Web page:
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For Python 2.6, is there a friendly wrapper for Multiprocessing that works in a Windows 7 environment?

On another question people helped me with similar knowledge for only Unix environment. But for my current project, it's already too late to shift the environment.

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I was under the impression from the docs it works under Windows ("It runs on both Unix and Windows" - docs.python.org/library/multiprocessing.html). Have you tried it? –  SteveMc Jul 6 '11 at 19:43
@SteveMc I think he was referring to a wrapper like jug. Seeing as it's hosted on github it should be 'reasonably' simple to port it to windows. Simple as in a lot easier than starting from scratch... –  theheadofabroom Jul 8 '11 at 9:34

2 Answers 2

Author of jug here. I would still recommend it on Windows. If there is a reason it doesn't work, I can help you make the code platform-independent.

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Maybe have a look at the new concurrent.futures library from the python 3.2 standardlib? (there is a backport availabe for older python versions).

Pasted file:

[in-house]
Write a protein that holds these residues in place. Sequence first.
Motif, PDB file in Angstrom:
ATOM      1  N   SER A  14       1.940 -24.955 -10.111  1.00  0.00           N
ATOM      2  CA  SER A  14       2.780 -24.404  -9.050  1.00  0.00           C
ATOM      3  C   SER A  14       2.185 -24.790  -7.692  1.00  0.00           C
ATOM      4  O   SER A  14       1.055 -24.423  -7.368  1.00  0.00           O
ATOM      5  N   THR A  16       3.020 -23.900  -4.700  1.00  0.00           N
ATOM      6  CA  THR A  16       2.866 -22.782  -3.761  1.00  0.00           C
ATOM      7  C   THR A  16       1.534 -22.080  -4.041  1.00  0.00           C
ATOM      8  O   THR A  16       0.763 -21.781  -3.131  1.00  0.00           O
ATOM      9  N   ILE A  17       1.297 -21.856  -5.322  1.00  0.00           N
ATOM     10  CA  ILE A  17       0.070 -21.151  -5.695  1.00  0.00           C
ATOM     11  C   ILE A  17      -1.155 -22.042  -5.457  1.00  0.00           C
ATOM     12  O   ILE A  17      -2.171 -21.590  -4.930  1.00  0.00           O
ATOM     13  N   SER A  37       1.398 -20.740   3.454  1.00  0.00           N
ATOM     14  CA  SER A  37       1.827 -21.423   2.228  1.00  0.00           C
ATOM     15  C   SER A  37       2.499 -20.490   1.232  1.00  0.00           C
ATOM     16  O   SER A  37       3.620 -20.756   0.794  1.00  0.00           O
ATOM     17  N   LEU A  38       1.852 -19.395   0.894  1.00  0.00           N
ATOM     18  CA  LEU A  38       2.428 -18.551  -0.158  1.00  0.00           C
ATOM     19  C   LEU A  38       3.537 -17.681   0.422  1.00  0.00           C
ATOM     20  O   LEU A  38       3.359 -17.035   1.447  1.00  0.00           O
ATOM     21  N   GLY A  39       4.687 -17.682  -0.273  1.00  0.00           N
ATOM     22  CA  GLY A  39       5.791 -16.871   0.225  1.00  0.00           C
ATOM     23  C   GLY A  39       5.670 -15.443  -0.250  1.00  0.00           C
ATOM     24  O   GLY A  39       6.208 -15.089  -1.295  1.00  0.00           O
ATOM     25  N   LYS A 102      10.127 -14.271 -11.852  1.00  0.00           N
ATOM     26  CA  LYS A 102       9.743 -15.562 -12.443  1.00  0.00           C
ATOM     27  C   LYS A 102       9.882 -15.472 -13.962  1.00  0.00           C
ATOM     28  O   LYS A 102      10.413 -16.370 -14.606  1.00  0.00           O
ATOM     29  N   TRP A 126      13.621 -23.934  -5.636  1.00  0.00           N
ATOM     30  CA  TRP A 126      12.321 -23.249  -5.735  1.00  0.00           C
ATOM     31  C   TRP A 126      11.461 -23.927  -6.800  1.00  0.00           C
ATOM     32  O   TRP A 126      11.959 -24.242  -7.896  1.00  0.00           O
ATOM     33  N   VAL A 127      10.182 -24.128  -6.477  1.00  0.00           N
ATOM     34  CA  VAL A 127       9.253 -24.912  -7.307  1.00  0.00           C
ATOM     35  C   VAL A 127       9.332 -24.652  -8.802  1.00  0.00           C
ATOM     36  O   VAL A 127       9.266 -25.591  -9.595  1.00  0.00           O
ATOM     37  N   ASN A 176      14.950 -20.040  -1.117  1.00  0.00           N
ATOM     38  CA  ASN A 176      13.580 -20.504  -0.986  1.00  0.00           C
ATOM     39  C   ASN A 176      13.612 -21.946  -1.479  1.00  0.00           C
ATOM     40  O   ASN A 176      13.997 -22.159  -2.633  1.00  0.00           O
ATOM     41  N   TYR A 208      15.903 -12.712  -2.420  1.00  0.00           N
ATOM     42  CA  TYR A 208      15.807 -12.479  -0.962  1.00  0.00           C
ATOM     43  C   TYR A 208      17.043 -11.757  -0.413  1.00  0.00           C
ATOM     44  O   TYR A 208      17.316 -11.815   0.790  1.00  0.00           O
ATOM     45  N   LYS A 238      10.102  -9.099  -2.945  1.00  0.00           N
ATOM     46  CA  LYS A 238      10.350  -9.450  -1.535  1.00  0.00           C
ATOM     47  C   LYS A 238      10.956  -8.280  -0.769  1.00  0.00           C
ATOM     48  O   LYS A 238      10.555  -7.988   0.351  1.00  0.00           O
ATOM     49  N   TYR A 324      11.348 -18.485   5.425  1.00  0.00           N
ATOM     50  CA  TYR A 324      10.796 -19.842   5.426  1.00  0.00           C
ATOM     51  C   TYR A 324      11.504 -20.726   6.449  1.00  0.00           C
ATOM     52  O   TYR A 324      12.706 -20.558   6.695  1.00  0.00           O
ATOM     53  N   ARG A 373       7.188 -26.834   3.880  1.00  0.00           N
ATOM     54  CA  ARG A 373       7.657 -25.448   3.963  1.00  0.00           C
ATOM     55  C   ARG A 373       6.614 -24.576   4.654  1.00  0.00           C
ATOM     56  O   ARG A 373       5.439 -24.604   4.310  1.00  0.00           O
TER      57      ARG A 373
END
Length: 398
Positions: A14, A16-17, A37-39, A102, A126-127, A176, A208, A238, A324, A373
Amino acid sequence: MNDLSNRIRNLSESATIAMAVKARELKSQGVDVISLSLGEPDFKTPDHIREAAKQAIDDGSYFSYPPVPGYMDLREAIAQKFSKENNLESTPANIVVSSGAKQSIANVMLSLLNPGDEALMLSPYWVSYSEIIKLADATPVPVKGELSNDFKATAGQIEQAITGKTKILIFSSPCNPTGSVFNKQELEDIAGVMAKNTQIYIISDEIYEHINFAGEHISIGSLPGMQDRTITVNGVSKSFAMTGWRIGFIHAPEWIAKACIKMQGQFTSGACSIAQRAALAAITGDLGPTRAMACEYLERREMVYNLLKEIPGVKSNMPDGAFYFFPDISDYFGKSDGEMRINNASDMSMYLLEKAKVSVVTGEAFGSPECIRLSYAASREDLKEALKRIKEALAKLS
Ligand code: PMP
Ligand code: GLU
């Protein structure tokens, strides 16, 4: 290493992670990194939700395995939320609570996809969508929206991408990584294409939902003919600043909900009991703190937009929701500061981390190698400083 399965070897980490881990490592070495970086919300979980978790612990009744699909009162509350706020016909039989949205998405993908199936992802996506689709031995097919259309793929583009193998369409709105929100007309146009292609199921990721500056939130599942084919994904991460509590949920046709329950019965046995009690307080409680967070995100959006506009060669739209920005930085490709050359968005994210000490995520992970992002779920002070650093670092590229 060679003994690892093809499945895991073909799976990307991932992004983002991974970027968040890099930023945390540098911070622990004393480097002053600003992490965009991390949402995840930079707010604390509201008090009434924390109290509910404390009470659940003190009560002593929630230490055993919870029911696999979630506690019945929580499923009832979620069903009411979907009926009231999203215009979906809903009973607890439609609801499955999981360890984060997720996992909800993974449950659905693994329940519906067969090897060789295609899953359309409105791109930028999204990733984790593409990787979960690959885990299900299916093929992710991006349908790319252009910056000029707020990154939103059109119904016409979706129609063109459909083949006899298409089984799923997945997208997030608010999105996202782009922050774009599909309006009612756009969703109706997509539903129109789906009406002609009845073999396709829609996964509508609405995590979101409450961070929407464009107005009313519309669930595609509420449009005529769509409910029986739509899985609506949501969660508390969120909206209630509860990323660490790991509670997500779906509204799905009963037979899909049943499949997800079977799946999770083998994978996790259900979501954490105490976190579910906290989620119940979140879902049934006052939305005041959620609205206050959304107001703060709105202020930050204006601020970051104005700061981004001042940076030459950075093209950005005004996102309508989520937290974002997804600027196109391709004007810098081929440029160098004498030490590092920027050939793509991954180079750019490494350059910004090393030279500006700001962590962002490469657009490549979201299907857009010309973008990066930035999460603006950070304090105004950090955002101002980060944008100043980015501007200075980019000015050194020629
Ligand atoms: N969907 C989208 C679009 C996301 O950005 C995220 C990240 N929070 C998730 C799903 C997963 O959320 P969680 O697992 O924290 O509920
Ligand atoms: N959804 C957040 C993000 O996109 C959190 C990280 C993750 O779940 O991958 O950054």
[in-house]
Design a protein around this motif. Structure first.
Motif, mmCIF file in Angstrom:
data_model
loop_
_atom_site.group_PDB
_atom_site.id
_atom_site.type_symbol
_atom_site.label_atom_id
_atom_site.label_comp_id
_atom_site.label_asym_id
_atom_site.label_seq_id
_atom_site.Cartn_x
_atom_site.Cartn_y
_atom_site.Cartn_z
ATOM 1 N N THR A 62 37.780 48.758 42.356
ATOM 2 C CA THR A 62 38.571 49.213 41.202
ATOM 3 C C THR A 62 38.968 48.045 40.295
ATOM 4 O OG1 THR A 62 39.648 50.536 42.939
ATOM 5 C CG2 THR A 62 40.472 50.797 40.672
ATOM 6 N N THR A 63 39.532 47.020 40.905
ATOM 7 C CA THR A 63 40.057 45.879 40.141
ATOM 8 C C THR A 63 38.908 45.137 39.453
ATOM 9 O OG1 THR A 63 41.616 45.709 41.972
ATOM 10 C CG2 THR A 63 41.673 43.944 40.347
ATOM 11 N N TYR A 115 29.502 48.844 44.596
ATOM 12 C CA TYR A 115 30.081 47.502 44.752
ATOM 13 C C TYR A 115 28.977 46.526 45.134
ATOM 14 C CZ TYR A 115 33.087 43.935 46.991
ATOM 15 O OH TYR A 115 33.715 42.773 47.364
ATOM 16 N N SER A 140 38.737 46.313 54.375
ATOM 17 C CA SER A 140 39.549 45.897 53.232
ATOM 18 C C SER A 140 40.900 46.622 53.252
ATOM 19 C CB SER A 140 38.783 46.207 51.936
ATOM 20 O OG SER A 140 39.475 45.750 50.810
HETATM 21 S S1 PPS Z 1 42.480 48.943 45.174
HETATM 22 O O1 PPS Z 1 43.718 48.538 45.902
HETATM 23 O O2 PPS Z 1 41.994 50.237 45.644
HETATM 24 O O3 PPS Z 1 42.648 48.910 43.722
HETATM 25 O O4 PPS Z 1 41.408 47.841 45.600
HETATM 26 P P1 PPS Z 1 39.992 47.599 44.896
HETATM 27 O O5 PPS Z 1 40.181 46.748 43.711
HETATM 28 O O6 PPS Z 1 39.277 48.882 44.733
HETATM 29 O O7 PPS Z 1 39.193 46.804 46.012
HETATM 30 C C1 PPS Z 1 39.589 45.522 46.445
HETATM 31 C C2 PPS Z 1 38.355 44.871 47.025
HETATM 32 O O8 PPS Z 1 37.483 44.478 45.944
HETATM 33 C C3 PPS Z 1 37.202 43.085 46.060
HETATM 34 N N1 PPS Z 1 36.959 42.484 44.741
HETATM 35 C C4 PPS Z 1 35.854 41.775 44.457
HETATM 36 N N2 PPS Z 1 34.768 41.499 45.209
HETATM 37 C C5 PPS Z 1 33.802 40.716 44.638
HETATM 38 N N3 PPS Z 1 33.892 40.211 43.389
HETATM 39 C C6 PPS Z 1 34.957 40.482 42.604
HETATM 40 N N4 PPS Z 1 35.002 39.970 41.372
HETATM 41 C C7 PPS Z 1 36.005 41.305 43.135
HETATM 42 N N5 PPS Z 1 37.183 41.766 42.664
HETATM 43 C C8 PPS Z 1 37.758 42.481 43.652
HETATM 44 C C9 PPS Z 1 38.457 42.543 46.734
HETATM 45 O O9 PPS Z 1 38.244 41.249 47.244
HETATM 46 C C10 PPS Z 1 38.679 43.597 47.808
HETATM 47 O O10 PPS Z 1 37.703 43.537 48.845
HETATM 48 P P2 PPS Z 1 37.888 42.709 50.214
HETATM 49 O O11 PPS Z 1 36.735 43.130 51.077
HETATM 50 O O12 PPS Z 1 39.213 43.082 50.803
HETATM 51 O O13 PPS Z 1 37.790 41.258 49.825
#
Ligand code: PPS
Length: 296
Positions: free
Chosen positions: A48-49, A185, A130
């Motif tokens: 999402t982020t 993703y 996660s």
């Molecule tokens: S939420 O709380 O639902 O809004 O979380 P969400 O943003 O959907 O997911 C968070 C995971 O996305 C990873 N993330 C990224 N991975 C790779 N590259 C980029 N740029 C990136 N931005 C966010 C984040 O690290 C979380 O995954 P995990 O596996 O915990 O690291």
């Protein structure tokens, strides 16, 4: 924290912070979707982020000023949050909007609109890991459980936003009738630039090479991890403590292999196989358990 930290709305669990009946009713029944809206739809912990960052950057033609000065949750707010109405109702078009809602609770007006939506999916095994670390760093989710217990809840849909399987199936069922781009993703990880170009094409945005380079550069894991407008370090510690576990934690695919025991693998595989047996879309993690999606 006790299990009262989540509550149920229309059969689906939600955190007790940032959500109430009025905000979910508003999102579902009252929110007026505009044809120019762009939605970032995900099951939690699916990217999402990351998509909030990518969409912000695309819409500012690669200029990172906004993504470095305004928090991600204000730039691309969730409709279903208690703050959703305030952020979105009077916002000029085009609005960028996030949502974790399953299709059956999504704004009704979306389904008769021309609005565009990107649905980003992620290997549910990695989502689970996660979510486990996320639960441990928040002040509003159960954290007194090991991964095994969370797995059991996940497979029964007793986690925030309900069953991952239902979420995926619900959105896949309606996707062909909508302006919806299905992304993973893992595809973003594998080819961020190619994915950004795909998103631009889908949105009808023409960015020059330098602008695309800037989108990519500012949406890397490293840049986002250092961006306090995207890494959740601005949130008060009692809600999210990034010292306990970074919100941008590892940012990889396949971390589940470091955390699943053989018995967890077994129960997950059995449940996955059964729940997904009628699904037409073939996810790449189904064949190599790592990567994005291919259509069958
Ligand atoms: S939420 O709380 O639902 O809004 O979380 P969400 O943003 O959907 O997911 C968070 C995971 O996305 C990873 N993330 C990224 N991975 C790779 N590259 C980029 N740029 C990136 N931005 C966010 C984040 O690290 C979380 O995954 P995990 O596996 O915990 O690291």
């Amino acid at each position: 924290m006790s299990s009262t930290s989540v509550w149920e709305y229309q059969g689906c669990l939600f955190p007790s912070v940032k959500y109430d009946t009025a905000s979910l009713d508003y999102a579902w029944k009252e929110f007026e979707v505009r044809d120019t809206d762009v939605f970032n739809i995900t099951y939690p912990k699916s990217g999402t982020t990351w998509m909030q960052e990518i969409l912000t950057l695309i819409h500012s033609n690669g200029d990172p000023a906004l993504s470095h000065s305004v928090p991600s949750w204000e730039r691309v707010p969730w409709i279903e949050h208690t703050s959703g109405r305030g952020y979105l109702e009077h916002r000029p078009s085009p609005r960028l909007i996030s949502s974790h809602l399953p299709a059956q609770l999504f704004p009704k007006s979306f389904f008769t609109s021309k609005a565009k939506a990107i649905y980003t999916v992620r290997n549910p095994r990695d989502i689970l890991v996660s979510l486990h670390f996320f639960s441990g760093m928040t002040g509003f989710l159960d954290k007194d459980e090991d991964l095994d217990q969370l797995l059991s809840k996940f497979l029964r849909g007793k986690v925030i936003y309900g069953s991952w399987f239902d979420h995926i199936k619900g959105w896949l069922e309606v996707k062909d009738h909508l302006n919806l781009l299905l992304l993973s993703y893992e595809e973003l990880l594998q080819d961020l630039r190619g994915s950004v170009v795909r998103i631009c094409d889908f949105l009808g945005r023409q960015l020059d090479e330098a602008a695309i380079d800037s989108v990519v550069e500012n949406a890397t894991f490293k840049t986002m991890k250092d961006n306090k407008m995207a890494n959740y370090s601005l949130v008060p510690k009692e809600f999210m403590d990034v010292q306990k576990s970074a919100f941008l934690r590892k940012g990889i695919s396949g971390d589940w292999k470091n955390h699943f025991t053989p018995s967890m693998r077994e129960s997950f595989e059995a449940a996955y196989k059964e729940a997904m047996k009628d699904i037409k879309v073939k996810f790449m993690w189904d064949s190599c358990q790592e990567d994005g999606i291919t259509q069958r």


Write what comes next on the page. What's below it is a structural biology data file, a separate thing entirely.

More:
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Oh I like this, looks very similar to something I rolled myself a while back, but a lot more refined, and with support for both threads and processes with the same interface. what versions of python have you used this under? Do the backports exhibit any differences? As much as jug loos interesting, this is part of the standard lib in python 3 so you might be winning the cookie... I might have to test these out at the weekend... –  theheadofabroom Jul 14 '11 at 8:33
@BiggAl: I've only tried it out briefly with the backport under python 2.7. Whether the backports exhibit differences, I can't say for sure (but they're not supposed to, and there is no mention in the docs about differences) –  Steven Jul 14 '11 at 12:12

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